Tuesday, January 17, 2017

Lillian Boxfish Takes a Walk by Kathleen Rooney

In 1985, eighty-six year old Lillian Boxfish once again defies stereotypes and the advice of others, walking alone at night through New York City, revisiting and ruminating on her past, while still very much alive to the present.

Lillian's aunt Sadie was a Manhattan career girl who wrote poems about her elegant advertising creation Phoebe. She inspired Lillie. In 1926 Lillie arrived in Manhattan, secured a copywriter job at R. H. Macy's, and in the 1930s became the highest paid female in advertising--and a best selling published poet. Lionized and the media's darling, sophisticated and daring, Lillian had been on top.

Now it is New Year's Eve, 1985. Lillian puts on her forty-year-old fur coat, applies her signature lipstick, Helena Rubinstein's Orange Fire, pulls on a pair of boots, and takes to the sidewalk. She has planned one last adventure to end the year. Destination: Domenico's for a do-over of a steak dinner that ended badly twenty years previous.

Lillian's life is revealed in bits and pieces through her memories; she came, she conquered; she fell in love and became a wife and mother; she lost herself, and then her man. Once a household name, her books are found in the sale pile outside the bookstore--worthless.

Don't think she is held hostage by her past. Lillian likes to keep up to date. She likes hip-hop for its use of words and is thrilled by break-dancing. She has a 'nostalgia for the new.' She makes friends with everyone she meets along the way, and fearlessly bargains with muggers. The city has lost it's lustre, the old places are gone or declined, but Lillian has never wanted to be anywhere else.

Non-linear in structure, the book must grab readers by Lillian's personal charisma and the mystery of her past. When Max arrives on the scene the drama picks up considerably as we learn about their passionate love and the marriage that required Lillian to give up her career and brought depression and alcoholism, shock treatment, and Max's affair.

The novel was inspired by a real ad woman, Margaret Fishback. Kathleen Rooney felt a deep connection to Fishback and wanted to bring her story to a new generation. The novel is also a love story to the city, memorializing its heyday but also celebrating its 20th c multicultural vitality.

I received a free ebook from the publisher through NetGalley in exchange for a fair and unbiased review.

Lillian Boxfish Takes a Walk
Kathleen Rooney
St Martin's Press
Publication: January 17, 2017
$25.99 hard cover
ISBN: 9781250113320



Saturday, January 14, 2017

Eugene Gochenour's Memoirs: Life Goes On: Moving to Royal Oak

Dad continued his memoirs to include his new life in Royal Oak, MI. It is a story of the American Dream of the 1960s, a time when we believed that hard work and short-term sacrifice would lead to financial security.


Dad a few years after we moved
My Ramer grandparents and Mom's brother and sister were already living in Metro Detroit. Mom wanted to be near her family; Dad dreamt of a job in the auto industry. Dad was 34 years old and without retirement, life insurance, or health care. Working for the auto industry meant benefits, especially health insurance for Mom's psoriatic arthritis that was destroying her joints.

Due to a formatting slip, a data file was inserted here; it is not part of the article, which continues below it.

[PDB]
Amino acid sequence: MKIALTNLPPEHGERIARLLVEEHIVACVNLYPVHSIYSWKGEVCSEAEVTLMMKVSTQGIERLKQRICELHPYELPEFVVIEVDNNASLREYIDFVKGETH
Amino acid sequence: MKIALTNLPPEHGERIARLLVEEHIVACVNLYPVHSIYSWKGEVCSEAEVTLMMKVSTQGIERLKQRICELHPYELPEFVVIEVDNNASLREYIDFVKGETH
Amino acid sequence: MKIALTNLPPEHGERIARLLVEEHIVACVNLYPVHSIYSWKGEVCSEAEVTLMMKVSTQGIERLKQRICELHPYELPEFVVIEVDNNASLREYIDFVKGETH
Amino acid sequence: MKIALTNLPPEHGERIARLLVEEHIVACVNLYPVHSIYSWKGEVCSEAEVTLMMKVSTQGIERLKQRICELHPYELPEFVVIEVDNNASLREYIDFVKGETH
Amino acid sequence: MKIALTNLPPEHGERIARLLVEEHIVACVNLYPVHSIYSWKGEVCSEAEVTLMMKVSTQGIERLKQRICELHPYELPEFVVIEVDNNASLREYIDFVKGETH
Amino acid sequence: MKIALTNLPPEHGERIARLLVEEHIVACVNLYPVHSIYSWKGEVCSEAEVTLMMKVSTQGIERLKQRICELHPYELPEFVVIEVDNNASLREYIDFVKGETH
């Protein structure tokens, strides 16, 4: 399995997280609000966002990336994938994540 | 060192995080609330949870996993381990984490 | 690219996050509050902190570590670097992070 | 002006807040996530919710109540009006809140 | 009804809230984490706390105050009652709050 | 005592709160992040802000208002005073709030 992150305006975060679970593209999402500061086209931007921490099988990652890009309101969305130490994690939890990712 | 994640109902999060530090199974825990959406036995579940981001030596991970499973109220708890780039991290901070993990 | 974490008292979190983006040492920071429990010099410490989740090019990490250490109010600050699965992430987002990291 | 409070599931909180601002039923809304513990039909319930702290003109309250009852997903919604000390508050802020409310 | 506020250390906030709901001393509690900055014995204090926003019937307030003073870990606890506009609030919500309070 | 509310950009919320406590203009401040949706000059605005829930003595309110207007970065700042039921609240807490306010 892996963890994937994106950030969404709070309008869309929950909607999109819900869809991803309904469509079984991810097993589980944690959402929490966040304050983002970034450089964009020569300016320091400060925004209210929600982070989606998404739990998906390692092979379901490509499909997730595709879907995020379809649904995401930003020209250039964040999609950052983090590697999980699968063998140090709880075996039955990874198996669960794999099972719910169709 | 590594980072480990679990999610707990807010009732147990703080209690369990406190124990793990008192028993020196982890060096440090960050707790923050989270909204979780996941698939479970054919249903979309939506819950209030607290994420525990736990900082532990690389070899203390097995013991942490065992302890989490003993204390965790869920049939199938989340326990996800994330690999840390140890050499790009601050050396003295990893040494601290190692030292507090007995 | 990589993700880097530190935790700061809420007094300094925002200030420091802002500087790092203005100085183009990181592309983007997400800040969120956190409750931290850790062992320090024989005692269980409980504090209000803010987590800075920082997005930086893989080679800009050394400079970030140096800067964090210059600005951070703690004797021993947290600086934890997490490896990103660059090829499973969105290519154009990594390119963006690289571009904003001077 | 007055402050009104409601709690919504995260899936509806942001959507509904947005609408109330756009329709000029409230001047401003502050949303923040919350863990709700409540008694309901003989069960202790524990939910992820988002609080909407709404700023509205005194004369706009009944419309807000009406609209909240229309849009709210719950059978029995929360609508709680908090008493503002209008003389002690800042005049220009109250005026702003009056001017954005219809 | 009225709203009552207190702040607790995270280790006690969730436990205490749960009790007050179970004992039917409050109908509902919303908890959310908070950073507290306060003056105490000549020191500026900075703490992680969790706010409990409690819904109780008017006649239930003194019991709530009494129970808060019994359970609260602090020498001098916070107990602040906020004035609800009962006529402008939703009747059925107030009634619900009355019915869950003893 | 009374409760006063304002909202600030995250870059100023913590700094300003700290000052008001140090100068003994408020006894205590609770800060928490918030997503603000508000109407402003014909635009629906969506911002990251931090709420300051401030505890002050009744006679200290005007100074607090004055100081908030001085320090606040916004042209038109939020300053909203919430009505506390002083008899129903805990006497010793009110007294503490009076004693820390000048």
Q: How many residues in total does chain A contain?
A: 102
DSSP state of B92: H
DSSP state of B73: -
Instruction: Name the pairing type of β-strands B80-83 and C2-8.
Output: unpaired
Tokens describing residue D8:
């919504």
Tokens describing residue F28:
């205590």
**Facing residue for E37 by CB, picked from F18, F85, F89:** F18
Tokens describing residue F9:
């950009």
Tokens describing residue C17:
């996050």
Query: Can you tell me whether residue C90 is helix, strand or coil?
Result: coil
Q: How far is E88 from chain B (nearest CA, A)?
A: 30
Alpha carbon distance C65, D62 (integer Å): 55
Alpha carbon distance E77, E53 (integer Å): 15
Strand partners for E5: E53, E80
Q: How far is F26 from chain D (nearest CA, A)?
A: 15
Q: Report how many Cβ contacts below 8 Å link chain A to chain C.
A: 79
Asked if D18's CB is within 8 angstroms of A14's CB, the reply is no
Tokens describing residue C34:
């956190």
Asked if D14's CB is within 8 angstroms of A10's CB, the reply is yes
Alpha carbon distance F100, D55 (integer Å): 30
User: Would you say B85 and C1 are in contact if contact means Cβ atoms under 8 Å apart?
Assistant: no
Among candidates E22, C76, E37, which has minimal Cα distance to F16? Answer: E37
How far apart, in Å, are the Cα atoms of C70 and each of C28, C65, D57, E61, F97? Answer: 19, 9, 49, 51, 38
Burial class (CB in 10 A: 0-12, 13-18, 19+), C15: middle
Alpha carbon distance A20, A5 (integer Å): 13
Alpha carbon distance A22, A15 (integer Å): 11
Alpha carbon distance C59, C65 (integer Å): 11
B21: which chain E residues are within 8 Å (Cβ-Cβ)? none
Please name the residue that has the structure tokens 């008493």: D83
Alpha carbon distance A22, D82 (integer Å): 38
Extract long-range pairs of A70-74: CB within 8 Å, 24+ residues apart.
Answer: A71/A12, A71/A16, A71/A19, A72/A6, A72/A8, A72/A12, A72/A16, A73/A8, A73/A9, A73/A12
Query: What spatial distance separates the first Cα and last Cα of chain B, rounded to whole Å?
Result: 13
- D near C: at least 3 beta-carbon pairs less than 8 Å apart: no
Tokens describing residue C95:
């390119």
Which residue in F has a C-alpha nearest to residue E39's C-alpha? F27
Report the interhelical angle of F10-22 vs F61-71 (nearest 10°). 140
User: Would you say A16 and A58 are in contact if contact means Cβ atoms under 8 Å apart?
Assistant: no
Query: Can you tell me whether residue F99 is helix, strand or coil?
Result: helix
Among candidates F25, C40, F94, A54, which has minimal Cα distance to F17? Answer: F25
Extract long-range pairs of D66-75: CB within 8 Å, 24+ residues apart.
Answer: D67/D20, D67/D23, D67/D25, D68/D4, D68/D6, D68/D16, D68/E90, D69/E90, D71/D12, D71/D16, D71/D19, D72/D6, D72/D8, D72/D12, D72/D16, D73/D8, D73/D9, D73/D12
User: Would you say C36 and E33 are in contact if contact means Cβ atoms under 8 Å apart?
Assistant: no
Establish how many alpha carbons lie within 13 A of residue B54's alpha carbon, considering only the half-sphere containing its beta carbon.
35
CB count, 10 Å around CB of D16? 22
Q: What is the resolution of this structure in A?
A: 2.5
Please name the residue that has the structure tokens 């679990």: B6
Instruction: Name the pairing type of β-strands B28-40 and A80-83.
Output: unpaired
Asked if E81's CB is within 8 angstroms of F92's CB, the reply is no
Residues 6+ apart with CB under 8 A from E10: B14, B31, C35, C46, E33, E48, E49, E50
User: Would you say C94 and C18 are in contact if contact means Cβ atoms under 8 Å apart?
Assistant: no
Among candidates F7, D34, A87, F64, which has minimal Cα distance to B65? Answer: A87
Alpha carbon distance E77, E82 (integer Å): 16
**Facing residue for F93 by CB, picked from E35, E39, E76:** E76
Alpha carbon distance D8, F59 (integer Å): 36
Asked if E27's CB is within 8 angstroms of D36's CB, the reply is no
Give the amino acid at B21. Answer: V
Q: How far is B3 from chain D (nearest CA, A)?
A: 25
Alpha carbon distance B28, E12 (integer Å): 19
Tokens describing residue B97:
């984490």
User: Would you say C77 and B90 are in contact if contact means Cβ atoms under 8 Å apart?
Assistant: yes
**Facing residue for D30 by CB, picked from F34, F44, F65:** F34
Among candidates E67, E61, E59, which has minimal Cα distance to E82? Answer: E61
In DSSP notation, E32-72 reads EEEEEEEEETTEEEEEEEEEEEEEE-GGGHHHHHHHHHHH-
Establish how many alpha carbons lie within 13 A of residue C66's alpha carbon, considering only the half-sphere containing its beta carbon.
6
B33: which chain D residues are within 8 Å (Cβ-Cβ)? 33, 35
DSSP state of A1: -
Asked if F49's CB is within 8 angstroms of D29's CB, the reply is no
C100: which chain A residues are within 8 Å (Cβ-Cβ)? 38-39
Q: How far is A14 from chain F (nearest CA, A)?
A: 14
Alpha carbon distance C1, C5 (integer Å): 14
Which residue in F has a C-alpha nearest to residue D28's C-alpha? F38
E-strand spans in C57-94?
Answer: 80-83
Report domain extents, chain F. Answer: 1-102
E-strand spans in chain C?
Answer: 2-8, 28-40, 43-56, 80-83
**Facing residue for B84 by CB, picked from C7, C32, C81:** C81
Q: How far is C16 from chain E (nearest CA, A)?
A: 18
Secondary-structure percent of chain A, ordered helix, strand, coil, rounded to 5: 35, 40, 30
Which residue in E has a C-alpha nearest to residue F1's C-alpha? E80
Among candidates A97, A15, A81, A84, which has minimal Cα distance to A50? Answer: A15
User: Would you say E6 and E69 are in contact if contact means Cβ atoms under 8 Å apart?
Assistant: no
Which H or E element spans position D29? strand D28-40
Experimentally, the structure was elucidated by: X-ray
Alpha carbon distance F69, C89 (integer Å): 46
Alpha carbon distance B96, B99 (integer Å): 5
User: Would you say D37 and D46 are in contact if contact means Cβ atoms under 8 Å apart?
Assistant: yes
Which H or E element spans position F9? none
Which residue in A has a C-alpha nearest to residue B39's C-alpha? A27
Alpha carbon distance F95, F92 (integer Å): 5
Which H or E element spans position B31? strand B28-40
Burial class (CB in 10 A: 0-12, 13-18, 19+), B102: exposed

Here is Dad's story.

Life goes on.

During the early 50s Joyce's family moved to Detroit where her father went to work for General Motors. Her sister Nancy was married and her husband Joe moved there also. Joyce's brothers Don and Dave were still living at home so they went, too. Her only relative living in the area was her grandmother, Delia Greenwood, who lived on Englewood Avenue in Kenmore.

We made a few short trips to Detroit, but I really did not like big cities. Occasionally, Joyce and Nancy would take a train to Detroit to visit Joyce's parents. Joyce had a serious skin disease called psoriasis and while she was there she would go to the Henry Ford Hospital in hope of finding a cure.

In 1959 our son Tom was born, so now there was Joyce, Nancy, Tom, my mother and I living together. Running the garage was a hard life, and I thought I had better make a change before I grew too old. I knew the mental and physical stress was wearing me down. Even with all the hard work and time spent at the station all we ever did was barely make a living. So, Joyce, Mother, and I started talking about selling the hose and business. We talked about buying a motel in the Adirondacks, or my going to work at a factory, or working as a mechanic at a car dealership, but I really didn't like any of those options.  I knew I did not want to go into another business.

Joyce wanted to be near her family and since my mother was living with us we decided we would move to Detroit where I would get a job with one of the major car companies. I hoped to get work at General Motors where my father-in-law and brother-in-law Don worked.

We put the property on the market but real estate sales were slow and we did not get any offers. When it was found out we were selling the business we lost some customers because they decided to find another place to service their cars. it took many months before we got the first offer and it was much lower than the price we were asking, but we decided to take it. The man who bought the house and business was named Harper and he used the station to run his gutter business.

Mother continued living in the same part of the house after my father died. Joyce and Nancy and I lived in the same upstairs apartment but we all agreed it would be better for Mom to have company and we moved to her apartment. At the time we sold the business Mom had lived with us for six years, and Joyce and Nancy and Tom loved her dearly, so we planned to all move to Detroit together. After the offer on the station was accepted I had to sell and give away many things to get ready for the move.